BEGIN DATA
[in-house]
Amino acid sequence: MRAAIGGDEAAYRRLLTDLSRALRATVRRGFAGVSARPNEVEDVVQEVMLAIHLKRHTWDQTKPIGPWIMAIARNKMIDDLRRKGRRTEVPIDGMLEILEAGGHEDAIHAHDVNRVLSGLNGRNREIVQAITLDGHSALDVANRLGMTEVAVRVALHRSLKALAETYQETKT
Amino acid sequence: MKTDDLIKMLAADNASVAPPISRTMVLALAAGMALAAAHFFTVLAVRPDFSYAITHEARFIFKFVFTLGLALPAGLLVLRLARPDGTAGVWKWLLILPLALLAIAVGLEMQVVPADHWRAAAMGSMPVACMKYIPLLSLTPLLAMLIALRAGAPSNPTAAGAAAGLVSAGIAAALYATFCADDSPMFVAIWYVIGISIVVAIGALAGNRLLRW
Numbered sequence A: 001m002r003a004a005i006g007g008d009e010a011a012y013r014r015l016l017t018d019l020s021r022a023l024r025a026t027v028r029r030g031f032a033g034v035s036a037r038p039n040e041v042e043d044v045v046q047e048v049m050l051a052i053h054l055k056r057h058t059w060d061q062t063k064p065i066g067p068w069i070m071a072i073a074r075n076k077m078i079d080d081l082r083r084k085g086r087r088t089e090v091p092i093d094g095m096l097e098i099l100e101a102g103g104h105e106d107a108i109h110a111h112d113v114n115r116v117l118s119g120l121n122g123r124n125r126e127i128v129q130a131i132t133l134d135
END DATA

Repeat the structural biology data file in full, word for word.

[in-house]
Amino acid sequence: MRAAIGGDEAAYRRLLTDLSRALRATVRRGFAGVSARPNEVEDVVQEVMLAIHLKRHTWDQTKPIGPWIMAIARNKMIDDLRRKGRRTEVPIDGMLEILEAGGHEDAIHAHDVNRVLSGLNGRNREIVQAITLDGHSALDVANRLGMTEVAVRVALHRSLKALAETYQETKT
Amino acid sequence: MKTDDLIKMLAADNASVAPPISRTMVLALAAGMALAAAHFFTVLAVRPDFSYAITHEARFIFKFVFTLGLALPAGLLVLRLARPDGTAGVWKWLLILPLALLAIAVGLEMQVVPADHWRAAAMGSMPVACMKYIPLLSLTPLLAMLIALRAGAPSNPTAAGAAAGLVSAGIAAALYATFCADDSPMFVAIWYVIGISIVVAIGALAGNRLLRW
Numbered sequence A: 001m002r003a004a005i006g007g008d009e010a011a012y013r014r015l016l017t018d019l020s021r022a023l024r025a026t027v028r029r030g031f032a033g034v035s036a037r038p039n040e041v042e043d044v045v046q047e048v049m050l051a052i053h054l055k056r057h058t059w060d061q062t063k064p065i066g067p068w069i070m071a072i073a074r075n076k077m078i079d080d081l082r083r084k085g086r087r088t089e090v091p092i093d094g095m096l097e098i099l100e101a102g103g104h105e106d107a108i109h110a111h112d113v114n115r116v117l118s119g120l121n122g123r124n125r126e127i128v129q130a131i132t133l134d135